Many consider post WWII a period of virtuous economic expansion in America. The national debt built up through the war was dramatically paid down through high taxes and an expanding

economy after the war. The debt built up during WWII was owned by American citizens when the debt was paid back it went to the citizens who used the money to spend, expanding the economy. This is very different from the mess we find ourselves in today.

Five Reasons Foreign Owned National Debt is Addicting to the American Government

1. Expanding the national debt allows for lower tax rates for the wealthy. The wealthy pay for the campaigns of America’s politicians. In essence, it’s almost impossible to be elected to higher office without the backing of wealthy sponsors who want lower tax rates.
2. Lobbyists are paid by wealthy American’s to get congress to pass legislation important to their business interests. Congressmen often take part in the benefits that the businesses receive from the passed legislation. This is why many politicians leave office wealthier then when they entered office. Many tax loopholes are written into legislation by lobbyists, while it’s great for their business interests its terrible for the deficit.
3. Low Interest Rates: When foreign countries buy American debt, they essentially hold off on buying American goods and services. This makes the American dollar go up in value since the American government is being paid for by another country. In a global economy, the government benefits because it keeps inflation down as products from other countries are less expensive. This allows the federal reserve to keep interest rates low and that allows the economy to grow from more borrowing.
4. Debt is Cheap: As foreign governments buy American debt the dollar gains buying power which reduces inflation. Reduced inflation means the Federal Reserve can lower interest rates on loans. These interest rates represent the cost of borrowing money. A lower interest rates means the governments cost to borrow money is less. This makes running a deficit seem reasonable even attractive.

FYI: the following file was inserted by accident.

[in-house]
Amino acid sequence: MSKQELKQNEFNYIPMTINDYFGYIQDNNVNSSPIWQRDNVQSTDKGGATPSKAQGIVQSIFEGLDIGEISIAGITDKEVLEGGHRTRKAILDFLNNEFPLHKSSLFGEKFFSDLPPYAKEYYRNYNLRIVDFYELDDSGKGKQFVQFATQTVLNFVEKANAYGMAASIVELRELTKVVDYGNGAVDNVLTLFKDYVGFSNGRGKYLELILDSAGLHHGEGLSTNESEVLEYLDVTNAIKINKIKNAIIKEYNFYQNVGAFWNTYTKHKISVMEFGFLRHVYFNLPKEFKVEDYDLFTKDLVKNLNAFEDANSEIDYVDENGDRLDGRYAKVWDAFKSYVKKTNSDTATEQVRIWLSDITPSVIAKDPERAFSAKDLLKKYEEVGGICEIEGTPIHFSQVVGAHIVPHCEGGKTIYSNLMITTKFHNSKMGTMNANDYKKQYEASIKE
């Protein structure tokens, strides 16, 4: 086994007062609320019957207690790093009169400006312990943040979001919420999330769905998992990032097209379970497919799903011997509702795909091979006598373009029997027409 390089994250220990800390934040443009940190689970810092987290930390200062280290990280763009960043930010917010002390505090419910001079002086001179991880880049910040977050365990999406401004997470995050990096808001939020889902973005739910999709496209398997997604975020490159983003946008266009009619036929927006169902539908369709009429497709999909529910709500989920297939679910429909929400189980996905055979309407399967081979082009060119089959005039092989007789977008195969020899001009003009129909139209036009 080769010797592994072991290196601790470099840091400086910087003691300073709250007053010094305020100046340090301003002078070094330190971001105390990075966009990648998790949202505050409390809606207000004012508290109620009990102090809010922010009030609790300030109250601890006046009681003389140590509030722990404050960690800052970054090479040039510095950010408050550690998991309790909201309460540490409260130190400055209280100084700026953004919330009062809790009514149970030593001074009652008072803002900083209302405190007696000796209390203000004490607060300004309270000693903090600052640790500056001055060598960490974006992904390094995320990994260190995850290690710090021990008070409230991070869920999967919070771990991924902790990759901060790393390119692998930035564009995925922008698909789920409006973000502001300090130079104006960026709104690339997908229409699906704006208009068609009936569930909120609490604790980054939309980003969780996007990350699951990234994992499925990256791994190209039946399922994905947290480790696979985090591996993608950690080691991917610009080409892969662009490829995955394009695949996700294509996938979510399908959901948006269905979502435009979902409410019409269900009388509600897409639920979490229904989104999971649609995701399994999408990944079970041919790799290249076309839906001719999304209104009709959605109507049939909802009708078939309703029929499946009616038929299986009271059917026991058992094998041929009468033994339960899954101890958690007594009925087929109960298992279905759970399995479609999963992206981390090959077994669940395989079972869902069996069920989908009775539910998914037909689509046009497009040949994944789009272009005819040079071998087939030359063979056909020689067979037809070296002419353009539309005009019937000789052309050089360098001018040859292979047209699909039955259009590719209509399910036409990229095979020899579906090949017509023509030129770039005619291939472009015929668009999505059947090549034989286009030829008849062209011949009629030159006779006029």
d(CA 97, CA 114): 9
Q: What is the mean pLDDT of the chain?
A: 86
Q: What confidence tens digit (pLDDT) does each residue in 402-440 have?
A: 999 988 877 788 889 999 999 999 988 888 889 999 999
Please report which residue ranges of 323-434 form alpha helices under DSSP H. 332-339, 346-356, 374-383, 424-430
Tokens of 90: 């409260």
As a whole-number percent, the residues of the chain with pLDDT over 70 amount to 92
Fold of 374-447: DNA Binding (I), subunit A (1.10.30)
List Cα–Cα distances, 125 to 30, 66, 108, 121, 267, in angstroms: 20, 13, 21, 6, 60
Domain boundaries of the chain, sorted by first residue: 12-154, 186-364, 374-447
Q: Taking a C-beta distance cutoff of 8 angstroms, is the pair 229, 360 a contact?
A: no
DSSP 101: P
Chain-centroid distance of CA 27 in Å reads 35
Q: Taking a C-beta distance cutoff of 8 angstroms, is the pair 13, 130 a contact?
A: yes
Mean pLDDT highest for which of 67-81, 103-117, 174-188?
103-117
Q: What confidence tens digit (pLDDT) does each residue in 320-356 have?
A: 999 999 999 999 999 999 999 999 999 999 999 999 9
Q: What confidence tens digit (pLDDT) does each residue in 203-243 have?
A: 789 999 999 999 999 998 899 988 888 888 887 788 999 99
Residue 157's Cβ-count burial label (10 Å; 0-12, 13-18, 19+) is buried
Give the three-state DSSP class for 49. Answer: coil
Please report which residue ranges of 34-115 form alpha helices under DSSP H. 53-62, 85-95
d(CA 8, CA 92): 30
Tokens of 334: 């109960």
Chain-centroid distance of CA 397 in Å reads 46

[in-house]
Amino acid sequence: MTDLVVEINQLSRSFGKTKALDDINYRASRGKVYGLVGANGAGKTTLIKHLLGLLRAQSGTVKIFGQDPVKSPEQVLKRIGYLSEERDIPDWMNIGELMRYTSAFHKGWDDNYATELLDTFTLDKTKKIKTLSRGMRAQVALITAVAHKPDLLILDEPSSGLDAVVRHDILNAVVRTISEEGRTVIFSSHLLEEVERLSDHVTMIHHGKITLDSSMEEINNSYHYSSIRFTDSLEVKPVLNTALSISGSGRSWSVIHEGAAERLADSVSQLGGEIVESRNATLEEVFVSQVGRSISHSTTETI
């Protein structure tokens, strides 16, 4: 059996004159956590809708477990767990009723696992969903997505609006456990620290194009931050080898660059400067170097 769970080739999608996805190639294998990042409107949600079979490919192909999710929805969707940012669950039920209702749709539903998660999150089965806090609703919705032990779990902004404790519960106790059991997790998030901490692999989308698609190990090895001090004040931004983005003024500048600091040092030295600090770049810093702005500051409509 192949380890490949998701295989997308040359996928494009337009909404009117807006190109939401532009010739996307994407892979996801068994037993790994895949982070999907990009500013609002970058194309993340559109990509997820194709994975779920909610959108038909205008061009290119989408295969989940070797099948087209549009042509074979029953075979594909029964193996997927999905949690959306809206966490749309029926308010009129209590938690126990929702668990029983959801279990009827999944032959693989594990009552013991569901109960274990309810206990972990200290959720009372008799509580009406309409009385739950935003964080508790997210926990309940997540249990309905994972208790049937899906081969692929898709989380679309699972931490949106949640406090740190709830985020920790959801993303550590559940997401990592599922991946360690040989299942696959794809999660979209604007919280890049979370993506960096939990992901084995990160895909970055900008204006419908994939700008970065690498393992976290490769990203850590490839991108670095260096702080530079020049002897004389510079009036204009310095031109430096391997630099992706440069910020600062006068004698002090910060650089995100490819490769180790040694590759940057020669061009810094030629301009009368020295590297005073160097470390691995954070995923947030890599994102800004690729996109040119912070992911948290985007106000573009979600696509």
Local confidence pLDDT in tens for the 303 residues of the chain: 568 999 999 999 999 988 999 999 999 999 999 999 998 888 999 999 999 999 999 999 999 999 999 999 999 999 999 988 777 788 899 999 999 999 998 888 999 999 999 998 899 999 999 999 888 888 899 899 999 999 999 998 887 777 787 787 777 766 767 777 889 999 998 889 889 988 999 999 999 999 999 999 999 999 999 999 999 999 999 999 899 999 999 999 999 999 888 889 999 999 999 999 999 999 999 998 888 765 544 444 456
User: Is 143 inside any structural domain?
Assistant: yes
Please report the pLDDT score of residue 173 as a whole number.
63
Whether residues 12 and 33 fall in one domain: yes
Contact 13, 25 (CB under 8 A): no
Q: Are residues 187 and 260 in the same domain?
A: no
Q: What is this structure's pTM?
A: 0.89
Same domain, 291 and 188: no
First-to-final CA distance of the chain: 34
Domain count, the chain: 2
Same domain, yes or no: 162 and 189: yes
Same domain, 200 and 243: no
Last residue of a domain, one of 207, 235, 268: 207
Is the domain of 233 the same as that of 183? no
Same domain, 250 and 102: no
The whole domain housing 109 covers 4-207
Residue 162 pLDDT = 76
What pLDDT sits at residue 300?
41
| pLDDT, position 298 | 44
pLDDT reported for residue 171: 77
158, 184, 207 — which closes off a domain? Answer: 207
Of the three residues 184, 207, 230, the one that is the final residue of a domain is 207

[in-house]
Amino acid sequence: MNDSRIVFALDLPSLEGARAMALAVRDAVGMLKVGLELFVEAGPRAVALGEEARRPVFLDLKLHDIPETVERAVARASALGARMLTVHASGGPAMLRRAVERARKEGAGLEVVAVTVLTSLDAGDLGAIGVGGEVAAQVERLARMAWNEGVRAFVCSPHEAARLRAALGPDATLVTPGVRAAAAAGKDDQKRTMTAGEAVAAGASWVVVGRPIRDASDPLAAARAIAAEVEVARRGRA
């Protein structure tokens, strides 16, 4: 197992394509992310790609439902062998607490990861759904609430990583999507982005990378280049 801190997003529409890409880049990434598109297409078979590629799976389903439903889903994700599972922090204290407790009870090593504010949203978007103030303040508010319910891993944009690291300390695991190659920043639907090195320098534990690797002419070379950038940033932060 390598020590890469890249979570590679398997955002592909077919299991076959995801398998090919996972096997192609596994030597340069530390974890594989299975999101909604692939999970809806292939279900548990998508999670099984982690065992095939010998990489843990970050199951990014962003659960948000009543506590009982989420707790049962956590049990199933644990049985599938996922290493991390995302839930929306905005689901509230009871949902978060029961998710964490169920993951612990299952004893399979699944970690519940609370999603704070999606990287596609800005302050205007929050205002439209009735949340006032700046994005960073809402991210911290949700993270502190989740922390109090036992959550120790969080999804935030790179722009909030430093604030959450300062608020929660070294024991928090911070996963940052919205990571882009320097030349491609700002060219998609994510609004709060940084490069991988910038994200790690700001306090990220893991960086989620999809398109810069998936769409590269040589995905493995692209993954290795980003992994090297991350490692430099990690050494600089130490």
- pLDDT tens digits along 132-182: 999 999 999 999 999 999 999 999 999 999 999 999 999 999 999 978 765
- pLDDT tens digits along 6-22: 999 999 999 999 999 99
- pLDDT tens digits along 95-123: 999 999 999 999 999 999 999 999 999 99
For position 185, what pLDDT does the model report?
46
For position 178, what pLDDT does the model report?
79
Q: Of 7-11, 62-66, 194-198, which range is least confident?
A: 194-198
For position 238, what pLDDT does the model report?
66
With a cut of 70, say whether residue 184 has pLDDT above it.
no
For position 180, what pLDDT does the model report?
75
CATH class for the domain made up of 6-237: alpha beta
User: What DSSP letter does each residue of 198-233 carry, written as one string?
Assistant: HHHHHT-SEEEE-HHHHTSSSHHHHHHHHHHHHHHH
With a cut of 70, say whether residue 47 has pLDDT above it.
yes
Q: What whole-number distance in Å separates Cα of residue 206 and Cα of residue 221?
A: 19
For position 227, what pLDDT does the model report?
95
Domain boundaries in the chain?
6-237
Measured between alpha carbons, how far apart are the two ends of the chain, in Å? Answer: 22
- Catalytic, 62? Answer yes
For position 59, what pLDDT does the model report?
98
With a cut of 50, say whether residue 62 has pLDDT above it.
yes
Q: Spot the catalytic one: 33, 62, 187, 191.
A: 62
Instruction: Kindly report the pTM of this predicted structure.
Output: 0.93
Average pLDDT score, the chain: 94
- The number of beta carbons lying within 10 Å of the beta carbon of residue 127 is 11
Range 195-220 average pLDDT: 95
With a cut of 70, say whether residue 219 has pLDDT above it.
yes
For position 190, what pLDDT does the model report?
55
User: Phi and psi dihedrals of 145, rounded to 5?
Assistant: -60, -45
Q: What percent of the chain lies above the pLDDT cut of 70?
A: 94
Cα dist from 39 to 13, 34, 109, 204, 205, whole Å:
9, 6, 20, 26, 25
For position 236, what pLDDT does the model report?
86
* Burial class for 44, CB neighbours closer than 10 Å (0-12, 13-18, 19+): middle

5. A strong dollar benefits business in a global economy. A strong dollar allows businesses to take advantage of lower labor costs and lower costs of raw materials. In turn, businesses tell their lobbyists to promote a strong dollar which indirectly means deficit spending.

Like a Heroin Addict the Pain of Withdrawal will get Ugly

America’s dominance is now significantly based on borrowing from foreign countries. The deficit is paying for our military, wars and tax cuts. The wealthy are roaring like the 1920’s and our military is flexing its power all over the world. For some these are indeed roaring years.

But like a strung-out junkie, the high doesn’t last forever, the illusion of great wealth and power are not real when its paid for with borrowed money from a foreign country. Unlike the virtuous American own debt of WWII which ignited our economy when repaid, the current debt built up by our government will stifle and sniff out the American economy of the future. As the American economy is burdened with debt repayments less money will be available to expand the economy. Therefore, the economy will most likely shrink which means fewer jobs. Fewer jobs means lower pay. As the American dollar depreciates our dependence on foreign products becomes a liability that will set off inflation. The inflation will cause the federal reserve to raise interest rates. The cost of borrowing will go up which means the economy will shrink even further with even fewer jobs.

The real sting will be felt in the stock markets. Higher interest rates mean that buying debt will be more attractive then investing in stocks. Imagine, there will be little reason to invest in stocks when your savings account is yielding 7,10 or 15 percent in interest. This will mean that stocks trading at their current level of 20 times earnings will not be attractive until they are trading at 7, 5 or 4 times earnings.